Mayor Ralph V. Suozzi is pleased to report an update on the rehabilitation of the Cedar Swamp Road entrance into our community. The Cedar Swamp Revitalization Project began in 2007 as a joint study between Nassau County and the City of Glen Cove. The study included an extensive public involvement process, done through a series of workshops and public meetings sponsored by Nassau County and the City of Glen Cove. Hosted by Mayor Suozzi and the former County Executive Tom Suozzi, these meetings were well attended by residents, stakeholders, local and county staff and a team of consultants. The ideas and feedback of the participants were utilized in order to ensure a conceptual plan would reflect broad community input.
Joan Harrison, a longtime resident of Glen Cove, has created her second photographic history of her beloved town in the book, Glen Cove Revisited. Through the images of this book, Harrison explores the history of the area, focusing on the rural and industrial roots of Glen Cove. The photographs revisit the waterfront and the old hotels of Glen Cove as well as the residents of the patrician and working class.
On Tuesday, June 1, Mayor Ralph V. Suozzi was joined at the groundbreaking ceremony for the Glen Cove Ferry Project and Boat Basin by a very special guest. Emma Flahive, a seventh-grader at All Saints Regional School, was proud to serve as “Mayor for a Day.”
In the fall, Mayor Suozzi was asked to participate in a fundraiser for All Saints Regional School, located here in Glen Cove. He was happy to donate the very first opportunity for one lucky student to serve as “Mayor for A Day.” Emma’s grandmother was the winner of the auction and Mayor Suozzi invited Emma Flahive and her family to join him for this groundbreaking ceremony.
People gathered at the Holocaust Museum and Tolerance Center in Glen Cove to hear about “Law Enforcement and Society: Lessons of the Holocaust,” a program meant to train officers about respecting people and shedding prejudices.
This program is required for all Nassau and Suffolk police cadets in order for them to graduate. Over 50,000 police officers throughout the country have taken the course since it started 11 years ago.
The North Shore High School Interact Club presented a check to “The Friends of Montfort” in the amount of $5,000. These funds were raised by the Interact Club by taking part in last year’s Sea Cliff Mini Mart, garage sales and various concerts. The Interact Club is supported by the Glen Head Rotary Club whose members act as mentors for the students.
Carol Cirina was a guest of honor at the February membership meeting of Post 336. Commander William Laderer presented nurse Cirina with a Certificate of Appreciation honoring her for her 30 years of service caring for our veterans at the Northport Veterans Affairs Medical Center.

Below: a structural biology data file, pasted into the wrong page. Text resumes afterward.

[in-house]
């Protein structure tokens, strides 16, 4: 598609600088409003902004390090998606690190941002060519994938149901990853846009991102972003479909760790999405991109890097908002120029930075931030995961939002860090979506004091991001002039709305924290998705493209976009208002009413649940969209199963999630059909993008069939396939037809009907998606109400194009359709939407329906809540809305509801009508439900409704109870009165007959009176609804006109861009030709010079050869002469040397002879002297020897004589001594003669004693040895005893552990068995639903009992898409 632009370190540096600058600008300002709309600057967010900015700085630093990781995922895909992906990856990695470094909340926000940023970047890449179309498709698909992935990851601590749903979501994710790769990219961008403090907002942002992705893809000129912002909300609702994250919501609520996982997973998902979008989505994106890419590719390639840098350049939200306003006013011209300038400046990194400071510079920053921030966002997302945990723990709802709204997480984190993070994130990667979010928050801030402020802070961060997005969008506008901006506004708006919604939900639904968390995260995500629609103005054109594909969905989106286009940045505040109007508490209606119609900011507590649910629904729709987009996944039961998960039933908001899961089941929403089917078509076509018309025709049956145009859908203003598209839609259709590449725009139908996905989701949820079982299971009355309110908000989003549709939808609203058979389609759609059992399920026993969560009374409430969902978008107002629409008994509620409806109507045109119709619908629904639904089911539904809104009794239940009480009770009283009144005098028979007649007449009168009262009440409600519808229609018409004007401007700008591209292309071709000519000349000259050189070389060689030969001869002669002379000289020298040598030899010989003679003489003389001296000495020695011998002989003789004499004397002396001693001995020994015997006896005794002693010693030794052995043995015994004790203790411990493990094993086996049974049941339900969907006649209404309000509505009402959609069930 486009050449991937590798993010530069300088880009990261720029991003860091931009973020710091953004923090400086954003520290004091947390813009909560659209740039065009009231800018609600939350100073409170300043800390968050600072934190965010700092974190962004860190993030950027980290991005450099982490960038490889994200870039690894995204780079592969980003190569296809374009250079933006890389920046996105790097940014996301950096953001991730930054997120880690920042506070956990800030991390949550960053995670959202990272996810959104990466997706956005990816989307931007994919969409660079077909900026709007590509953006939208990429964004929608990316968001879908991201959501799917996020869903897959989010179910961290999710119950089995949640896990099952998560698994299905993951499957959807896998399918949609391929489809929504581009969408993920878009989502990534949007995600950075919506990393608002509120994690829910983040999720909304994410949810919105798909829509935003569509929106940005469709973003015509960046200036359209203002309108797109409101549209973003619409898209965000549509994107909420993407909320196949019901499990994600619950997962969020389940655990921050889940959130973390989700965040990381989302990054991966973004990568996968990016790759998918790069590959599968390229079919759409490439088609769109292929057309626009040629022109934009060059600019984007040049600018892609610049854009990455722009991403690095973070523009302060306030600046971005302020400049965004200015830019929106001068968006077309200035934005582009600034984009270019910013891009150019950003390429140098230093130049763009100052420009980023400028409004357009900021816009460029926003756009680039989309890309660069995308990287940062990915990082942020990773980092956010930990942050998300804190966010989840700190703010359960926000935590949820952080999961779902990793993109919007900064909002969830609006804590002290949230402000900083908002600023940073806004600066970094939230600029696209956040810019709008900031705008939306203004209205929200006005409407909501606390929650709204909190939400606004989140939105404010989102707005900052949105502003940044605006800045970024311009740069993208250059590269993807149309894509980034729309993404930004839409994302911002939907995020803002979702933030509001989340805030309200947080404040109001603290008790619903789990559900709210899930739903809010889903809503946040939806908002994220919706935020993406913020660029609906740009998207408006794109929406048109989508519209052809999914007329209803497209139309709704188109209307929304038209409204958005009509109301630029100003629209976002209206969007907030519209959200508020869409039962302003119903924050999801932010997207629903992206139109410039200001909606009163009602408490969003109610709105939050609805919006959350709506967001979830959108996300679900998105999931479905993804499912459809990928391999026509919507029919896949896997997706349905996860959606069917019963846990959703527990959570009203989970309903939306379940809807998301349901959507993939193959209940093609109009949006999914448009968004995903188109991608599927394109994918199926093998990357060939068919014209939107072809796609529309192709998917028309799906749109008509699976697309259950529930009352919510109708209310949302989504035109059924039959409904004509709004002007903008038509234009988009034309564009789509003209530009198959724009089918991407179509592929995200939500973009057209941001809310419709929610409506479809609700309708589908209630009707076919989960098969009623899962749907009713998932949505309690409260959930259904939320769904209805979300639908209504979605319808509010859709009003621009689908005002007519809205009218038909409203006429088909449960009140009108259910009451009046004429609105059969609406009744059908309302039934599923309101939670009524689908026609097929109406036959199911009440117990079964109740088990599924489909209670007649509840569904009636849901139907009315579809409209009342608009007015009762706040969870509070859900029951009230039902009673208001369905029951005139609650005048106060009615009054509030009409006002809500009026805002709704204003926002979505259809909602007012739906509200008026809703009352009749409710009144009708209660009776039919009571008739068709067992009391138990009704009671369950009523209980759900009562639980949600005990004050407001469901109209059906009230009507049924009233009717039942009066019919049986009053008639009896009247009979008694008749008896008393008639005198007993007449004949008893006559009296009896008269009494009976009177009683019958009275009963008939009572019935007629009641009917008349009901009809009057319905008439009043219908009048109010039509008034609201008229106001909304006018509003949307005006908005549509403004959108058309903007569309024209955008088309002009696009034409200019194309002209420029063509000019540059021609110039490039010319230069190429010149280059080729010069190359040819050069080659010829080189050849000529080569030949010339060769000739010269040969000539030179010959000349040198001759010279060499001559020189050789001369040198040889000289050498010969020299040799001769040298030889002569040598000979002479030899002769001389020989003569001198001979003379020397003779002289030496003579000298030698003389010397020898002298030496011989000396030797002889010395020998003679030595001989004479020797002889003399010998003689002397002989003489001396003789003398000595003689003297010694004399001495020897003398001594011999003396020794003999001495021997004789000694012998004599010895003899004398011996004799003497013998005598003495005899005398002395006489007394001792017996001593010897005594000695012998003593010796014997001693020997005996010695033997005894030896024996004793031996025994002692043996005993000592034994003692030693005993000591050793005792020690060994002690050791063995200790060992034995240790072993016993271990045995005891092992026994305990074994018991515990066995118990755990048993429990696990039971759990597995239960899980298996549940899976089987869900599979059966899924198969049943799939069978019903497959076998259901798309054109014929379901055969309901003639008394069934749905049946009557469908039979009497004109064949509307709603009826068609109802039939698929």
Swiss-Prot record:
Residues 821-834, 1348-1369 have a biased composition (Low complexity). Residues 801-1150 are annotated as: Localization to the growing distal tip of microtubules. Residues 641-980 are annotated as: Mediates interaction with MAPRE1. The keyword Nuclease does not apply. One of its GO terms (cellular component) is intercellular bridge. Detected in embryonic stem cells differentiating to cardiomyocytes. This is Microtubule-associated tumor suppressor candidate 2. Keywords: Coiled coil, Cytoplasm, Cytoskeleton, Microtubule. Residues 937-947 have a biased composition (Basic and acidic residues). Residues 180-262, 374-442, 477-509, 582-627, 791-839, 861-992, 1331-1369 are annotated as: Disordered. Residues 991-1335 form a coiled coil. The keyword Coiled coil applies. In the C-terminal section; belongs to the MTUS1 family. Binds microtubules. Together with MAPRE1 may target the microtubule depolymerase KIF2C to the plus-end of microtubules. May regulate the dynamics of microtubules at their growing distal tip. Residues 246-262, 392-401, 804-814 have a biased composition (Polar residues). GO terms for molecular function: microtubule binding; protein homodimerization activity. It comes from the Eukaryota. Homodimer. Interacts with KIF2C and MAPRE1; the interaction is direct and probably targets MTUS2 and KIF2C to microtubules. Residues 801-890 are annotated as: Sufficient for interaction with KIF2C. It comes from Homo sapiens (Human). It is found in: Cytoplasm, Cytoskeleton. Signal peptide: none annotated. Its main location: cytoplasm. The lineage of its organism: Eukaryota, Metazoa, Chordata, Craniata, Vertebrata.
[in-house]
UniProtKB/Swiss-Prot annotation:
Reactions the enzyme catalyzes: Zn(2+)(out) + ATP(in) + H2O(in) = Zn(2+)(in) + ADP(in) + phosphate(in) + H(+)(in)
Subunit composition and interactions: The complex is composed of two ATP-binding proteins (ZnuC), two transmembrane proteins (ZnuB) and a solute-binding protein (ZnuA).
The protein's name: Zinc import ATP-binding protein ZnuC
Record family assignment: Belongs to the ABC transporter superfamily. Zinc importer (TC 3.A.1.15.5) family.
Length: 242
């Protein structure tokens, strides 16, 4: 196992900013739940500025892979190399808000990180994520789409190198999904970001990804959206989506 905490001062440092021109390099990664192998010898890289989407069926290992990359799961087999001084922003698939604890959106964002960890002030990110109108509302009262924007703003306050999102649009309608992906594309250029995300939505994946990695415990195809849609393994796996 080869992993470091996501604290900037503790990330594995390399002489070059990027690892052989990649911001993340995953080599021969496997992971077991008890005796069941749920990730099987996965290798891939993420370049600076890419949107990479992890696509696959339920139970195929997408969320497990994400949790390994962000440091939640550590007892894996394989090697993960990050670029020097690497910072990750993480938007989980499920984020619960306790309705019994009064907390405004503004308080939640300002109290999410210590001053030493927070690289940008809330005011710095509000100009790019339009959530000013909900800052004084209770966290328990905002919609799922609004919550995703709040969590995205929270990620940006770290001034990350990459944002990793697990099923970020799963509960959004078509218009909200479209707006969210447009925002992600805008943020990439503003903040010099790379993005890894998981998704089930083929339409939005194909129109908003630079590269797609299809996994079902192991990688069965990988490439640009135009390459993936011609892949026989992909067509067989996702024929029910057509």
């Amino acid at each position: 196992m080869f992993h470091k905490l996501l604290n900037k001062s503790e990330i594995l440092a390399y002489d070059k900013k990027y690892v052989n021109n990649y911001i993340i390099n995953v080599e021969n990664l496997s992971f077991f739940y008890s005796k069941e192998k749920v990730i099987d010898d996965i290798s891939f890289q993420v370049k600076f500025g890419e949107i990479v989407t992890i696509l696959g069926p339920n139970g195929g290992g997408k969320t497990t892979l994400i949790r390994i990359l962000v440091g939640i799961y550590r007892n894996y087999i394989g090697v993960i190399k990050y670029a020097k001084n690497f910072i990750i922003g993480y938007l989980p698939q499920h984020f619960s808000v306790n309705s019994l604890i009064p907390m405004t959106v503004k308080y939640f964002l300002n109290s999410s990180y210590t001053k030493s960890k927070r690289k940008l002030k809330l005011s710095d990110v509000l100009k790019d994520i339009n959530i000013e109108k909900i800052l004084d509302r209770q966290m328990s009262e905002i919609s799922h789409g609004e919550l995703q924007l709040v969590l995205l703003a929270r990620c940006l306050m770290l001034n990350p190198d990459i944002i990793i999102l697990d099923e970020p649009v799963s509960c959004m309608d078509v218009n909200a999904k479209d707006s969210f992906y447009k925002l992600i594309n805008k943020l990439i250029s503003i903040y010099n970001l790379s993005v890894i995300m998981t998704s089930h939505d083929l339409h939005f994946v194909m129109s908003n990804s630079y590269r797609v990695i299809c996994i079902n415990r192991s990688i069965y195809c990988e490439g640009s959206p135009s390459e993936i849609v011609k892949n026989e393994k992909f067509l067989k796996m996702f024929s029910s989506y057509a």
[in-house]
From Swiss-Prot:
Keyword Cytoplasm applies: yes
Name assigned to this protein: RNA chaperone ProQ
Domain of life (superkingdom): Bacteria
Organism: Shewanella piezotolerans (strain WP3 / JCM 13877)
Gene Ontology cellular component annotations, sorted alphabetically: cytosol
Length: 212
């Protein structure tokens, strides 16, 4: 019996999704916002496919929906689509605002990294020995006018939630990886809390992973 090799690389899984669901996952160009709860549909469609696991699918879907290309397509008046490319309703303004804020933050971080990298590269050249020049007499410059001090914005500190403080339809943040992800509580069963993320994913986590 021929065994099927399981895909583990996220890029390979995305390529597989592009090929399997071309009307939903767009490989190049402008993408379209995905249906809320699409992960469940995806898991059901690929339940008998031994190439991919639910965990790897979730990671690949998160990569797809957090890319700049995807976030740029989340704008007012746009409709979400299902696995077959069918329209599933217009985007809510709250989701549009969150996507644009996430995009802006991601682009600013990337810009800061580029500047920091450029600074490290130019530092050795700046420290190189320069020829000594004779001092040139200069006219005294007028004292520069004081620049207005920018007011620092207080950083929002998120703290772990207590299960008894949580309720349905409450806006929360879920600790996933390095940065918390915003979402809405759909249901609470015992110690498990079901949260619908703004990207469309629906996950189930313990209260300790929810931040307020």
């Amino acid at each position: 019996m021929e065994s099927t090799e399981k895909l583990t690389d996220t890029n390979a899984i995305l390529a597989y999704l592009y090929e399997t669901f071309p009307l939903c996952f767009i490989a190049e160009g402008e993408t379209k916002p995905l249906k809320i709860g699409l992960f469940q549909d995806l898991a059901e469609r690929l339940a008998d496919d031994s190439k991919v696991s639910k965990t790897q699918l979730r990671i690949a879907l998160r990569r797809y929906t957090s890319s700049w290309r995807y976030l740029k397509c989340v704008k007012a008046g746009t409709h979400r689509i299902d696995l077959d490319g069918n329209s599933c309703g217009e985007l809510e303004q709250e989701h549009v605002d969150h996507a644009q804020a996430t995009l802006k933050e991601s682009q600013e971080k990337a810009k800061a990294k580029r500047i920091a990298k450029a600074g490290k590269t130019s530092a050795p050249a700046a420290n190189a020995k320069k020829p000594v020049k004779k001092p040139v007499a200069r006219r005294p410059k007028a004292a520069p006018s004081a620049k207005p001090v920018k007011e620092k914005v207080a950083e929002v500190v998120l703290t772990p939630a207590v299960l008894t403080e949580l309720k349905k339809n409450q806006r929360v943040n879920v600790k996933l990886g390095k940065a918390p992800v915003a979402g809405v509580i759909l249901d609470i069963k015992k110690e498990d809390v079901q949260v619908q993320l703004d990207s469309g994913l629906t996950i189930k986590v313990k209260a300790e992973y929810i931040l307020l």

Nurse Cirina made a presentation to the Legionnaires describing her duties and all the services that are available to the Northport Veterans Medical Center. In addition to the certificate, the members presented Carol with a beautiful bouquet of roses.
Mayor Ralph V. Suozzi was pleased to announce the commencement of construction on the new Glen Cove Ferry Terminal and Boat Basin. This exciting announcement came as local, state and federal elected officials joined Mayor Suozzi on June 1 for the official groundbreaking ceremony for one of Glen Cove’s most significant transportation projects.
The May meeting of the Glen Head-Glenwood Business Association featured a presentation by Felice Randall, Town of Oyster Bay director of community development. Ms. Randall detailed the resources available to local business owners through the Town of Oyster Bay. The two main programs highlighted were related to funding available for business signage and facades. In both cases there is money available to the business owner through the Town of Oyster Bay.
On May 26, a meeting for the public was held at the North Shore Country Club in Glen Head about improvements to Scudder’s Pond and the watershed. The Hempstead Harbor Protection Committee (HHPC), an inter-municipal organization made up of the nine municipalities surrounding Hempstead Harbor, and the Village of Sea Cliff conducted the meeting. Residents came out to ask questions and hear a presentation on what is in store.
The HHPC reported several years ago that Scudder’s Pond was one of the major sources of contamination to Hempstead Harbor. Since then, major efforts have been made to attain grants funds and perform restorations to the site.
Dozens of disabled people arrived at Nassau University Medical Center in vans, wheelchair accessible buses and in Able-Ride vehicles, the subject of the very meeting they were there to attend. Their attorneys, advocates and elected officials came in cars; they don’t need handicapped vehicles to get around.
Nassau County Legislator Judy Jacobs organized the hearing, along with legislators Kevan Abrahams, Judi Bosworth, David Denenberg and Denise Ford at NUMC on Wednesday, May 19, giving disabled residents of Nassau County a venue to vent their frustrations and offer alternatives to cutting the MTA’s Able-Ride service.
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